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This so sudden thrusting-on of fame paralyzed every fiber of her being, so much so that she could not keep herself in countenance for very long in public.

Is this an idiom?

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2 Answers 2

up vote 5 down vote accepted

It refers to the transitive use of “thrust” in conjunction with “on” or “upon”. This is a more unusual way to write that particular turn of phrase.

thrust on/upon
to bring (something or someone) forcibly to someone's notice, into someone's company etc.
He thrust $100 on me; She is always thrusting herself on other people; Fame was thrust upon him.
Source: Kernerman English Multilingual Dictionary © 2006-2013, definition of “thrust on/upon”, via TFD

It might go back to a well-known line from Shakespeare:

Some are born great, some achieve greatness, and some have greatness thrust upon them.
Shakespeare, Twelfth Night: Act 2, Scene 5

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+1 for 12N quote –  StoneyB Jun 11 at 19:36

That is a variation of an idiom, namely "to have (x) thrust upon you"; which means to suddenly, unexpectedly, and unavoidably receive something that you really didn't want. (Note that the past tense of "thrust" is also "thrust", and the past tense is what's being used here.) It's the same grammatical construct as "I had water sprayed upon my face"; a passive past-tense, indicating that something was done to the subject (as opposed to the subject performing the action).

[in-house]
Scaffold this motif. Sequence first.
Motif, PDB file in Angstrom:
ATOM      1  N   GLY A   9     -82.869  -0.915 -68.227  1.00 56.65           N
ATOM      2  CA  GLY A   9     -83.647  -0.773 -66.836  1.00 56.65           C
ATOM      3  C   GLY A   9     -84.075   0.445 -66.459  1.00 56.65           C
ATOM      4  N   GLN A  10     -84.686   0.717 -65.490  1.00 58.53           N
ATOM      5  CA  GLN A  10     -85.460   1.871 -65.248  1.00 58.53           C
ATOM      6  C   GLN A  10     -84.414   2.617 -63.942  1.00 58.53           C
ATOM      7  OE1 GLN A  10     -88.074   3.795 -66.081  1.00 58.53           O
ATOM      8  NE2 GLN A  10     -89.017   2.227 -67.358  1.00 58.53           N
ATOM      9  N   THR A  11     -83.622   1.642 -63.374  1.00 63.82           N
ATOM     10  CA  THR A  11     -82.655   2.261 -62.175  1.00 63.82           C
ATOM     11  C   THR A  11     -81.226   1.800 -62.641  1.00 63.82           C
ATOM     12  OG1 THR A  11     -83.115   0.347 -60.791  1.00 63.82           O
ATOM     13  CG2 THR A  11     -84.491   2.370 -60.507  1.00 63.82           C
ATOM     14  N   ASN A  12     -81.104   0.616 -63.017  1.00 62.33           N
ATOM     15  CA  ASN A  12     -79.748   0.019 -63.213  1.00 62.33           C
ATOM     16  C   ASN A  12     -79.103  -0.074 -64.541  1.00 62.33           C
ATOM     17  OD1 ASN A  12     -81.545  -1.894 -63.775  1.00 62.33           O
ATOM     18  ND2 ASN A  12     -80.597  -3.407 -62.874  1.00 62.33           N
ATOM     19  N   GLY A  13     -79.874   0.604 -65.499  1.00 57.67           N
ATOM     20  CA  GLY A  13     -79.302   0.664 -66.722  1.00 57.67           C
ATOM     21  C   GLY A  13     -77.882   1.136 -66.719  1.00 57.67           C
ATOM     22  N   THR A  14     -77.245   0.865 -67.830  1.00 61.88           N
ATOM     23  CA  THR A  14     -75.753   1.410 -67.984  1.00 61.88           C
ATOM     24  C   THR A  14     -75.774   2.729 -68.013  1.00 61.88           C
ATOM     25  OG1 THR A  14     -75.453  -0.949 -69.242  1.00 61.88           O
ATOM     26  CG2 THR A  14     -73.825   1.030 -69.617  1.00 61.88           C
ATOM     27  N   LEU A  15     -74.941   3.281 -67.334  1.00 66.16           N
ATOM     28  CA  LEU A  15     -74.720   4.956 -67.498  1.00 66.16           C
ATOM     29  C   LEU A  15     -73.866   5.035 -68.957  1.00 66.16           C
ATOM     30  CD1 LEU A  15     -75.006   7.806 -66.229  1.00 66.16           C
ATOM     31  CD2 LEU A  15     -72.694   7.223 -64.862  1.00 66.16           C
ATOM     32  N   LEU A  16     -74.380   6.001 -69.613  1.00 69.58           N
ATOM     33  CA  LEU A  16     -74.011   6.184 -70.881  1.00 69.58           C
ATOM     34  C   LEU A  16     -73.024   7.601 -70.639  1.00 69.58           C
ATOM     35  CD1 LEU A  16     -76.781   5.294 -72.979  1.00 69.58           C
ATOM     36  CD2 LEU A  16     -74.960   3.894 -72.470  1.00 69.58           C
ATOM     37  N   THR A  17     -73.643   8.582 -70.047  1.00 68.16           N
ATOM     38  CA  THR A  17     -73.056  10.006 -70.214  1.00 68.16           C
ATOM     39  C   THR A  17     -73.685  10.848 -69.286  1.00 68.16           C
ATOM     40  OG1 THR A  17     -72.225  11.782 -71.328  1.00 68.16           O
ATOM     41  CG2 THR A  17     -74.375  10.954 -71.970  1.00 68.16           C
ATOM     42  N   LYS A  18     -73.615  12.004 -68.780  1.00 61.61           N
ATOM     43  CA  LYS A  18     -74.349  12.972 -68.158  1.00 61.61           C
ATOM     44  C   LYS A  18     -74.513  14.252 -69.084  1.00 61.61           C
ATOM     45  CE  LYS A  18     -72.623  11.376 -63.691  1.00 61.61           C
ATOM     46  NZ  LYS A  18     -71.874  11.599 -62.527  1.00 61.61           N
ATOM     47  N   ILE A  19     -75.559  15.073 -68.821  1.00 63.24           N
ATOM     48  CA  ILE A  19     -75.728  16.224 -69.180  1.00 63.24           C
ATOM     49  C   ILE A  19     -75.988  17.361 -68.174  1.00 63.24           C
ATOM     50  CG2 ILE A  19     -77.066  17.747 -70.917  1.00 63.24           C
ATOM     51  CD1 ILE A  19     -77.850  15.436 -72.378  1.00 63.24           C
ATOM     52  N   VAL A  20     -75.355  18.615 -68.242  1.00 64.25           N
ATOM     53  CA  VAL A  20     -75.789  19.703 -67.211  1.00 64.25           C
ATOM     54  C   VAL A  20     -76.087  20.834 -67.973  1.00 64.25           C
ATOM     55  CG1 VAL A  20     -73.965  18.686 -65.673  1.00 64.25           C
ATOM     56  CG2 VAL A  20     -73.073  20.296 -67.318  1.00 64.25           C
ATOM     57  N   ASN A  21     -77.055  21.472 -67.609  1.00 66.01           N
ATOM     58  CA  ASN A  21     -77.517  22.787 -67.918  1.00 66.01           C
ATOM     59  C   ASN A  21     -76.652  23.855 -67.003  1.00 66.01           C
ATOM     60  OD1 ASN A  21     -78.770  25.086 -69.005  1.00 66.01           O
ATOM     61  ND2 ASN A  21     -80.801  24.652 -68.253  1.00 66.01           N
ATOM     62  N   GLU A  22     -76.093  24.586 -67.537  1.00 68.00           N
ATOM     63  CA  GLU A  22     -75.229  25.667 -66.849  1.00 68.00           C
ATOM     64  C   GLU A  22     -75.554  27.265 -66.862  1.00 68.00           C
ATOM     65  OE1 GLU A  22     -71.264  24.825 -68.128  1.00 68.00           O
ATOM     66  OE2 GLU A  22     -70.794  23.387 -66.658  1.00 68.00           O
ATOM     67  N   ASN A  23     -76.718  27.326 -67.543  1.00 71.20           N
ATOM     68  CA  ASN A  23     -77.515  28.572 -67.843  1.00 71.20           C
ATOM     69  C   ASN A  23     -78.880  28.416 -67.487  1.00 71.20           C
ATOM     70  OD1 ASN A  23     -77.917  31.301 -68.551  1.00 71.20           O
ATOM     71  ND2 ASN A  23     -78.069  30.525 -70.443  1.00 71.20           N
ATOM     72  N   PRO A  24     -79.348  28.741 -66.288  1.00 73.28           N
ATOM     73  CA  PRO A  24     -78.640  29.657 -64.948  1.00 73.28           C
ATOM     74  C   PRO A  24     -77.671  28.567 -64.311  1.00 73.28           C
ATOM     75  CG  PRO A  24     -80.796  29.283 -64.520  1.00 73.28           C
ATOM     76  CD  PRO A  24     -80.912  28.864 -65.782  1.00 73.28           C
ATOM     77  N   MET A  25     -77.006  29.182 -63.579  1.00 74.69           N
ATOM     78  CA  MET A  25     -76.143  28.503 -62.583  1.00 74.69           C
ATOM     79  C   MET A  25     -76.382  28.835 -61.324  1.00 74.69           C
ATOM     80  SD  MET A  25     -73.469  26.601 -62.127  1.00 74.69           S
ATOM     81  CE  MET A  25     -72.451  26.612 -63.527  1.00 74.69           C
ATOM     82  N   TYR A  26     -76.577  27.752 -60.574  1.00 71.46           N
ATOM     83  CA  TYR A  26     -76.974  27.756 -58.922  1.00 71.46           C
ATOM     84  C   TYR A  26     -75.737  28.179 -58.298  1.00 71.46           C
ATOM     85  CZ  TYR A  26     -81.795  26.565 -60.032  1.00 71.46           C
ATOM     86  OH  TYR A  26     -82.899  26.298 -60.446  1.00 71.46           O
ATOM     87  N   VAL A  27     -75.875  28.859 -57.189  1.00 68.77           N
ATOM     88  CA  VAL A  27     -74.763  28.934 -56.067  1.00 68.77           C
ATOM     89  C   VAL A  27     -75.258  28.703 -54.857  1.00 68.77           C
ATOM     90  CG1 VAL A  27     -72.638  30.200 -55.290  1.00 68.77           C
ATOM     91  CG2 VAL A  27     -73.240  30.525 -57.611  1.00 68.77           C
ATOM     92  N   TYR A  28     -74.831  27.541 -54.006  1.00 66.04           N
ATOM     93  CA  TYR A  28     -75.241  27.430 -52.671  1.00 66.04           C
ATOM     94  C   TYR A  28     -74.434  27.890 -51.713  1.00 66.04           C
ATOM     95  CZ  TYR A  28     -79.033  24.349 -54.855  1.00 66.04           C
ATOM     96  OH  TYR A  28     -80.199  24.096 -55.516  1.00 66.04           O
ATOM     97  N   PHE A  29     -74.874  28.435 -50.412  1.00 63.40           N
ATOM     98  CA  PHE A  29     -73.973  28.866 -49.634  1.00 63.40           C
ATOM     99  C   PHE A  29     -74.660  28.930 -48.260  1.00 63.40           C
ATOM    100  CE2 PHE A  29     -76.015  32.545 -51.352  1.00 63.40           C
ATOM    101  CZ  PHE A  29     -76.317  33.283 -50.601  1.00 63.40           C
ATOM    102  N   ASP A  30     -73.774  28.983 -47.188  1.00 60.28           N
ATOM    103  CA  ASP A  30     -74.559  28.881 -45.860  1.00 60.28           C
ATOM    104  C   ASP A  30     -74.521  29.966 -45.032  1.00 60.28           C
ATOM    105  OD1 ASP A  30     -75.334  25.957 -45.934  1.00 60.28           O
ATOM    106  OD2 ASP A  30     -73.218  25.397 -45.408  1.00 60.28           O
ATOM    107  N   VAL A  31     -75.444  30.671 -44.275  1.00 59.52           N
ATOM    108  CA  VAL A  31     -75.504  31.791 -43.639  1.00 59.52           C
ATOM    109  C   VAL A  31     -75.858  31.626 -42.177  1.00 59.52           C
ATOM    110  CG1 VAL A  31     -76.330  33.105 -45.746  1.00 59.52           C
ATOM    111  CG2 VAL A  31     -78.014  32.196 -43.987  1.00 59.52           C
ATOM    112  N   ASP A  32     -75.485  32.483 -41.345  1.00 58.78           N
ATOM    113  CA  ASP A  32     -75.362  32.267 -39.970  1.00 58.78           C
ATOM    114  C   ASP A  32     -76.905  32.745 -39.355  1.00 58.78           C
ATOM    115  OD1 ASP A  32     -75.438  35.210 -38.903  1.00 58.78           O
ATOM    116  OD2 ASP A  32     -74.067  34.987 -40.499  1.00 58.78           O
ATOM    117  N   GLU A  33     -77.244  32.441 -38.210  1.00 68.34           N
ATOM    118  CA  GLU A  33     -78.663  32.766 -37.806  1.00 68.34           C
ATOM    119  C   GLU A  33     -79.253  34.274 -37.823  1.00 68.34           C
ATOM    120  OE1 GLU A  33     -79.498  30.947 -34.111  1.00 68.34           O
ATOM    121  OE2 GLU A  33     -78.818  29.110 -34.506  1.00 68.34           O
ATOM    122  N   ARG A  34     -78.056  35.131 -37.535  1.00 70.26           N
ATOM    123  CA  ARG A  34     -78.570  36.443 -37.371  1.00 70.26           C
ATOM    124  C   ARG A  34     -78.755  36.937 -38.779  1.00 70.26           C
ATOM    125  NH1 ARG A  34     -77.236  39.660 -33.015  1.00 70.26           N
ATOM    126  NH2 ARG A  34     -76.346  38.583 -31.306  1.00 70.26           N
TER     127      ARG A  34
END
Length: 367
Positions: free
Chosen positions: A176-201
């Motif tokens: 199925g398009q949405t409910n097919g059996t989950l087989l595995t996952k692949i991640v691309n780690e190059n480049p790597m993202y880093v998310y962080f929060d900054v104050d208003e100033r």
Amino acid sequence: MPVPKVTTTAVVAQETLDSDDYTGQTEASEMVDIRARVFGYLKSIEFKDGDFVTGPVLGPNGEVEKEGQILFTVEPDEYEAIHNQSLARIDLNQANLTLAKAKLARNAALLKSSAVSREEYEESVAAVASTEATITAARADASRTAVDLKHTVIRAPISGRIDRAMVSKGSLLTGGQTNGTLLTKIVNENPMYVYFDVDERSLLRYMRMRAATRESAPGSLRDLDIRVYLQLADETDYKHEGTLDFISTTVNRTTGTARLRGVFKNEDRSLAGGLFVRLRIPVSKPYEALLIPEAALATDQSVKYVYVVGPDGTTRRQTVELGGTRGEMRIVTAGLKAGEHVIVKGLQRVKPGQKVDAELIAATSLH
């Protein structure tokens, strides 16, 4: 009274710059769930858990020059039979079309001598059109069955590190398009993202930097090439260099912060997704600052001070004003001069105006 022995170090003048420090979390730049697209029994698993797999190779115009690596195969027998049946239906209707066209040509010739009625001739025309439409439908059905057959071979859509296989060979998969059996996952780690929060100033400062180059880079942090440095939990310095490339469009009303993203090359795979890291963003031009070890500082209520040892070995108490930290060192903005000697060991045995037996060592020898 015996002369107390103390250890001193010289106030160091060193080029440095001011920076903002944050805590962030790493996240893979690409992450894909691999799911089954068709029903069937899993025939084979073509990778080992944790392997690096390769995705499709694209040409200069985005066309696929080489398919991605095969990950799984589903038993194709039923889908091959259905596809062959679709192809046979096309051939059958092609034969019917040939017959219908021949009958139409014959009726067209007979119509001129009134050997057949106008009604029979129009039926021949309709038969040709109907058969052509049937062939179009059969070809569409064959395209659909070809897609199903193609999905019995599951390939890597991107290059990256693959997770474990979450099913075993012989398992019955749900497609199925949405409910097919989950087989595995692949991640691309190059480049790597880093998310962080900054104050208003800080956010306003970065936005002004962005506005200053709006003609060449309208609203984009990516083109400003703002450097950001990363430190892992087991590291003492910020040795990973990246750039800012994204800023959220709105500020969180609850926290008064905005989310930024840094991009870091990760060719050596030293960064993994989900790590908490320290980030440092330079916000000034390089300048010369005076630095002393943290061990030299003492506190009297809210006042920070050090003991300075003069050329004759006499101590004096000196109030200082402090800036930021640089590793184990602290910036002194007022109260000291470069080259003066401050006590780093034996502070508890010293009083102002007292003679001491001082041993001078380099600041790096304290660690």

Fame is very often the thing being thrust upon people who do not want to be famous; they do something that is deemed noteworthy or heroic and are the sudden subject of a media frenzy, when all they really want is to get back to their normal routine and go on with life.

So, in the quote, someone is having fame thrust upon her. The author chooses to use the action as a noun phrase, and so needs to convert it into a gerund; and so "having fame thrust upon you" turns into "a thrusting-on of fame".

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